The professor then spells out his theory for why the alumni are stressed: he tells them that they have been chasing superficial things (metaphorically represented by the cup) when they should have been chasing the things that matter more (metaphorically represented by the coffee). Specifically, the professor tells the alumni that they have been chasing money, prestige, and status when, in fact, what matters more in life are things like doing meaningful work and building good quality relationships.
If you have been reading my articles, you know that I am in full agreement with the larger point that the video makes, namely, that a major reason for our unhappiness is that we often sacrifice the true determinants of happiness for the “superficial” things that make us miserable in the long run. However, I am not sure that the analogy that the video uses—of the coffee and the cup—is a good one.
Imagine for a minute that you were at a coffee shop and were offered the option of being served coffee in either a lovely porcelain cup or in a not-so-lovely plastic cup. Which cup should you pick?
According to the video, you should be indifferent between the two cups. But for reasons that Aradhna Krishna outlines in her excellent new book, Customer Sense, research findings would suggest otherwise.
According to Aradhna, when we drink coffee—or for that matter, when we eat or drink anything else—we taste it not just with our taste-buds, but also with our other senses. The sense of smell, as most people know, is inextricably intertwined with the sense of taste. (Without being able to smell, for example, some people claim that we cannot distinguish between potato and apple. I’ve never checked this myself, but after seeing this video
—particularly the latter half—, I have a good mind to try it out on my kids!) Indeed, Aradhna argues, it is not just the sense of smell that is intertwined with taste, but virtually all the other senses, including touch, sound, and sight are too, which is why the texture of chips (soft vs. crisp), the sound that it makes when we bite it (its “crunchiness”), as well as its color (golden yellow vs. white or brown), can all significantly affect our enjoyment of it.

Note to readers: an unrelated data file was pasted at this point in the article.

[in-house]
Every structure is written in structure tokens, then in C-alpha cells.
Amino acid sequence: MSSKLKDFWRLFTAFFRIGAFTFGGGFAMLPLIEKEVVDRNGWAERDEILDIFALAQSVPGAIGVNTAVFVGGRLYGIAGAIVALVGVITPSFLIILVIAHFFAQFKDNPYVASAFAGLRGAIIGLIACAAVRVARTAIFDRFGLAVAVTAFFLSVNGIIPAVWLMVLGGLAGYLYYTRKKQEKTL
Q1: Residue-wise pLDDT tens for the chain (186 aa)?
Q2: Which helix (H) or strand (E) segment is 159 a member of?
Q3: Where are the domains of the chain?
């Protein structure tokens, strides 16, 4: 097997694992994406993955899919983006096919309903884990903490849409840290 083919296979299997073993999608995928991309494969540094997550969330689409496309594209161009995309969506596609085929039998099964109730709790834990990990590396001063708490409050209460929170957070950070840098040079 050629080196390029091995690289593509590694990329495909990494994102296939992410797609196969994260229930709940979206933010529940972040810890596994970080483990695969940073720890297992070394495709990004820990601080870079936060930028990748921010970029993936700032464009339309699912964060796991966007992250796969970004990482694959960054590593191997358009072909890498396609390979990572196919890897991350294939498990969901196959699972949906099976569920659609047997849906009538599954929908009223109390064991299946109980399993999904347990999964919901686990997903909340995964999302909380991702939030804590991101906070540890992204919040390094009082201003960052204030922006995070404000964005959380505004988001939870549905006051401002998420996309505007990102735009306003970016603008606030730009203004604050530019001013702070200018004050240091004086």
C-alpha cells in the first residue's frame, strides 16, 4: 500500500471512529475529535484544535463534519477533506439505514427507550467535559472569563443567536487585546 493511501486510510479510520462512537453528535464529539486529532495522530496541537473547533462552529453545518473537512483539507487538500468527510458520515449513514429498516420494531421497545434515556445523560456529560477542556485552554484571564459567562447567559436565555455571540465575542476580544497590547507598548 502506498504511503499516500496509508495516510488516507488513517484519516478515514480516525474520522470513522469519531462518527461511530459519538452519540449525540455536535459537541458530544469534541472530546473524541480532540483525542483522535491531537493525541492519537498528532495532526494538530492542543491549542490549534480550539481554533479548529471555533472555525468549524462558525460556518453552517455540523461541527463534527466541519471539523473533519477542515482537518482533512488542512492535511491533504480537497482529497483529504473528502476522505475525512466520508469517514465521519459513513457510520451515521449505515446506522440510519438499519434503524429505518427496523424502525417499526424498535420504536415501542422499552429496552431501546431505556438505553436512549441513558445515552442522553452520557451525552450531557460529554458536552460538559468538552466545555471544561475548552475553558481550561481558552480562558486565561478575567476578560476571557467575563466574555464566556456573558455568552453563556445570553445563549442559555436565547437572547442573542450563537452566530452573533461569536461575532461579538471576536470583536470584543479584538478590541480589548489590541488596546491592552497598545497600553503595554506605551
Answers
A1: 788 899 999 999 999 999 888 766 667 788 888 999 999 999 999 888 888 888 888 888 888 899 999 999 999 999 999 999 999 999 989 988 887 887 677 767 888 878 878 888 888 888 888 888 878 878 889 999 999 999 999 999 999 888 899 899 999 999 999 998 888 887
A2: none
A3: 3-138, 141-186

According to Aradhna, the reason all of our senses matter is because all sensory inputs are ultimately combined into one overall evaluation in the part of our brain called the orbitofrontal cortex. In other words, we literally cannot distinguish the extent to which different sensory inputs contributed to our overall enjoyment of food. This may be one reason why people’s brains light up more—meaning there is evidence at the neurological level that people derive greater enjoyment—when they taste the same wine from a bottle that they think is more (vs. less) expensive.
A question that follows from the perspective of someone who wishes to maximize their pleasure from drinking a cup of coffee, then, is: should one attach importance to the cup? Or, put in more general terms, does “packaging” matter? Does the cover of a book matter for enjoying its content? Does a person’s physical attractiveness matter for enjoying their company?
The answer, according to Aradhna, would be resounding “Yes!” While she points to one reason why we enjoy something more when it is presented in a more pleasing manner—namely, that our brain combines all sensory inputs into one overall evaluation—findings from yet another stream of research, on “halo effects,” reveal another reason why superficialities matter. Halo effect findings reveal that, when something is more pleasing to our senses, we impute a whole bunch of other positive qualities to it. Thus, for example, a good-looking person is thought to be more intelligent, competent, and warm, which is why attractive people earn more money than their less-attractive counterparts. Halo effects seem to apply, within some limits, to inanimate stimuli as well, which is why we enjoy a shopping environment more when it looks and smells good.
In sum, presentation matters. The cup from which we drink matters, perhaps not as much as the coffee itself, but it can certainly add significantly to, or detract significantly from, our enjoyment of the coffee. Likewise, it stands to reason that we enjoy a book more when its cover is better-designed and a hotel room more when it is more put-together, etc.
If our enjoyment is affected not just by the important—“central”—features of a stimulus, but also by its superficial features, an interesting question arises: why shouldn’t we seek superficial features? In the opening example, why shouldn’t the alumni seek to drink coffee from the porcelain (vs. plastic) cup?
As you have probably guessed, the danger lies not in seeking superficialities but in giving it greater priority over the more important features. That is, the danger lies in giving greater importance to the packaging than the product, and to a potential life-partner’s looks over their personality, etc.